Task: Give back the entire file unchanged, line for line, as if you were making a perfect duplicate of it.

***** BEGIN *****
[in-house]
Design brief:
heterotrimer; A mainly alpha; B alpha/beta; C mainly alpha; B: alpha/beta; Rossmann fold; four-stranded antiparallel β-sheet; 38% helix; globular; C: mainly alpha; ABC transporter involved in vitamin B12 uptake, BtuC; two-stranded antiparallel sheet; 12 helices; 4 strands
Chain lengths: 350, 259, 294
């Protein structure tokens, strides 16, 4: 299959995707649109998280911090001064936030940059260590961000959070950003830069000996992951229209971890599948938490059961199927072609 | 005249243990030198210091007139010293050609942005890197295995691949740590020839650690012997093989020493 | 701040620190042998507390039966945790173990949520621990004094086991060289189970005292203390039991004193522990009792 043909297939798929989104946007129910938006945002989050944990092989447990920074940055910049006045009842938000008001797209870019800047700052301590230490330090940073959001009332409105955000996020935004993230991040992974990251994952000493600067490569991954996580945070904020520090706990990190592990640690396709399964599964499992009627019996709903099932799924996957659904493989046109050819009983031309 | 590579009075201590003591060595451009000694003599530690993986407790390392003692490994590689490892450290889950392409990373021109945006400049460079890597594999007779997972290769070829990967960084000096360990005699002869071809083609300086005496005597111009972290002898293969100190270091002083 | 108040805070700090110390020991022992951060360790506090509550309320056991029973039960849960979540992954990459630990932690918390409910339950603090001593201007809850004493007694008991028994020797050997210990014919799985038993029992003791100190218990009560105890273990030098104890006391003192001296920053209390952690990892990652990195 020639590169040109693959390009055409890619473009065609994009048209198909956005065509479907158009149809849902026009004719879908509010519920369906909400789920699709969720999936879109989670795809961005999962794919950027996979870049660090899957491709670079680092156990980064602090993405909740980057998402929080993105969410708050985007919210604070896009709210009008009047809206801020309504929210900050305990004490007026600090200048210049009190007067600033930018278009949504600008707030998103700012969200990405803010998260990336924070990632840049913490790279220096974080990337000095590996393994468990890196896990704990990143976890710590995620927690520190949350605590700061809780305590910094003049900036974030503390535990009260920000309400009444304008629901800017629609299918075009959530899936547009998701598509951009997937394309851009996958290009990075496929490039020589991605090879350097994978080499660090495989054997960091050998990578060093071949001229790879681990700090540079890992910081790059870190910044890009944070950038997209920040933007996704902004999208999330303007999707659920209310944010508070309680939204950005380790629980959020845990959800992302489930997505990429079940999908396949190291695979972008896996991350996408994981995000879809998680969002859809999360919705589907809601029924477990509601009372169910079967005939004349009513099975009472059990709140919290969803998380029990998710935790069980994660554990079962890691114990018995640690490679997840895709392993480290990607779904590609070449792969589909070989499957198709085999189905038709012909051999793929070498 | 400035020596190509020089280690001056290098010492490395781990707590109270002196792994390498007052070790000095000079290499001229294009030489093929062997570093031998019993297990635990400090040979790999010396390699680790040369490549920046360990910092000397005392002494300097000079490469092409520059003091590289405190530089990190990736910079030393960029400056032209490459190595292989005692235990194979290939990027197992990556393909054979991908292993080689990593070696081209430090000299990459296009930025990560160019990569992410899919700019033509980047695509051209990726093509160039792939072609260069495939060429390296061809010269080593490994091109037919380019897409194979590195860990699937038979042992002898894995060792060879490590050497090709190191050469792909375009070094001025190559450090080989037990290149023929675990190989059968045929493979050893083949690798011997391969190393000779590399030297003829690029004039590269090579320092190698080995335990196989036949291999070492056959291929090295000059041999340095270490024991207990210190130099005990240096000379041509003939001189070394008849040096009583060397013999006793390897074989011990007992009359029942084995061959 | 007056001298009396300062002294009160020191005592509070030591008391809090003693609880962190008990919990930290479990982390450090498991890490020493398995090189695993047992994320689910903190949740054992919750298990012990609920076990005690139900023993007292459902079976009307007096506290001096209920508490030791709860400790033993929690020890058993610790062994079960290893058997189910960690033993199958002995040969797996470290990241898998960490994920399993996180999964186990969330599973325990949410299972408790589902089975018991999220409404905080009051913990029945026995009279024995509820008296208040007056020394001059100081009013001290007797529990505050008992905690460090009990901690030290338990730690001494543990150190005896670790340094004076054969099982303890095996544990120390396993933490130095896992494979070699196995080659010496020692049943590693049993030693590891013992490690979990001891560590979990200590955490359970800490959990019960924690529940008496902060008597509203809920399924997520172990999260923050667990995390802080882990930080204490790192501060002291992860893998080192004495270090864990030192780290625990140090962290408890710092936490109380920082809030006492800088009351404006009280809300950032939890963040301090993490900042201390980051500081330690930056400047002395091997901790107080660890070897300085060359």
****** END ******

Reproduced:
[in-house]
Design brief:
heterotrimer; A mainly alpha; B alpha/beta; C mainly alpha; B: alpha/beta; Rossmann fold; four-stranded antiparallel β-sheet; 38% helix; globular; C: mainly alpha; ABC transporter involved in vitamin B12 uptake, BtuC; two-stranded antiparallel sheet; 12 helices; 4 strands
Chain lengths: 350, 259, 294
């Protein structure tokens, strides 16, 4: 299959995707649109998280911090001064936030940059260590961000959070950003830069000996992951229209971890599948938490059961199927072609 | 005249243990030198210091007139010293050609942005890197295995691949740590020839650690012997093989020493 | 701040620190042998507390039966945790173990949520621990004094086991060289189970005292203390039991004193522990009792 043909297939798929989104946007129910938006945002989050944990092989447990920074940055910049006045009842938000008001797209870019800047700052301590230490330090940073959001009332409105955000996020935004993230991040992974990251994952000493600067490569991954996580945070904020520090706990990190592990640690396709399964599964499992009627019996709903099932799924996957659904493989046109050819009983031309 | 590579009075201590003591060595451009000694003599530690993986407790390392003692490994590689490892450290889950392409990373021109945006400049460079890597594999007779997972290769070829990967960084000096360990005699002869071809083609300086005496005597111009972290002898293969100190270091002083 | 108040805070700090110390020991022992951060360790506090509550309320056991029973039960849960979540992954990459630990932690918390409910339950603090001593201007809850004493007694008991028994020797050997210990014919799985038993029992003791100190218990009560105890273990030098104890006391003192001296920053209390952690990892990652990195 020639590169040109693959390009055409890619473009065609994009048209198909956005065509479907158009149809849902026009004719879908509010519920369906909400789920699709969720999936879109989670795809961005999962794919950027996979870049660090899957491709670079680092156990980064602090993405909740980057998402929080993105969410708050985007919210604070896009709210009008009047809206801020309504929210900050305990004490007026600090200048210049009190007067600033930018278009949504600008707030998103700012969200990405803010998260990336924070990632840049913490790279220096974080990337000095590996393994468990890196896990704990990143976890710590995620927690520190949350605590700061809780305590910094003049900036974030503390535990009260920000309400009444304008629901800017629609299918075009959530899936547009998701598509951009997937394309851009996958290009990075496929490039020589991605090879350097994978080499660090495989054997960091050998990578060093071949001229790879681990700090540079890992910081790059870190910044890009944070950038997209920040933007996704902004999208999330303007999707659920209310944010508070309680939204950005380790629980959020845990959800992302489930997505990429079940999908396949190291695979972008896996991350996408994981995000879809998680969002859809999360919705589907809601029924477990509601009372169910079967005939004349009513099975009472059990709140919290969803998380029990998710935790069980994660554990079962890691114990018995640690490679997840895709392993480290990607779904590609070449792969589909070989499957198709085999189905038709012909051999793929070498 | 400035020596190509020089280690001056290098010492490395781990707590109270002196792994390498007052070790000095000079290499001229294009030489093929062997570093031998019993297990635990400090040979790999010396390699680790040369490549920046360990910092000397005392002494300097000079490469092409520059003091590289405190530089990190990736910079030393960029400056032209490459190595292989005692235990194979290939990027197992990556393909054979991908292993080689990593070696081209430090000299990459296009930025990560160019990569992410899919700019033509980047695509051209990726093509160039792939072609260069495939060429390296061809010269080593490994091109037919380019897409194979590195860990699937038979042992002898894995060792060879490590050497090709190191050469792909375009070094001025190559450090080989037990290149023929675990190989059968045929493979050893083949690798011997391969190393000779590399030297003829690029004039590269090579320092190698080995335990196989036949291999070492056959291929090295000059041999340095270490024991207990210190130099005990240096000379041509003939001189070394008849040096009583060397013999006793390897074989011990007992009359029942084995061959 | 007056001298009396300062002294009160020191005592509070030591008391809090003693609880962190008990919990930290479990982390450090498991890490020493398995090189695993047992994320689910903190949740054992919750298990012990609920076990005690139900023993007292459902079976009307007096506290001096209920508490030791709860400790033993929690020890058993610790062994079960290893058997189910960690033993199958002995040969797996470290990241898998960490994920399993996180999964186990969330599973325990949410299972408790589902089975018991999220409404905080009051913990029945026995009279024995509820008296208040007056020394001059100081009013001290007797529990505050008992905690460090009990901690030290338990730690001494543990150190005896670790340094004076054969099982303890095996544990120390396993933490130095896992494979070699196995080659010496020692049943590693049993030693590891013992490690979990001891560590979990200590955490359970800490959990019960924690529940008496902060008597509203809920399924997520172990999260923050667990995390802080882990930080204490790192501060002291992860893998080192004495270090864990030192780290625990140090962290408890710092936490109380920082809030006492800088009351404006009280809300950032939890963040301090993490900042201390980051500081330690930056400047002395091997901790107080660890070897300085060359």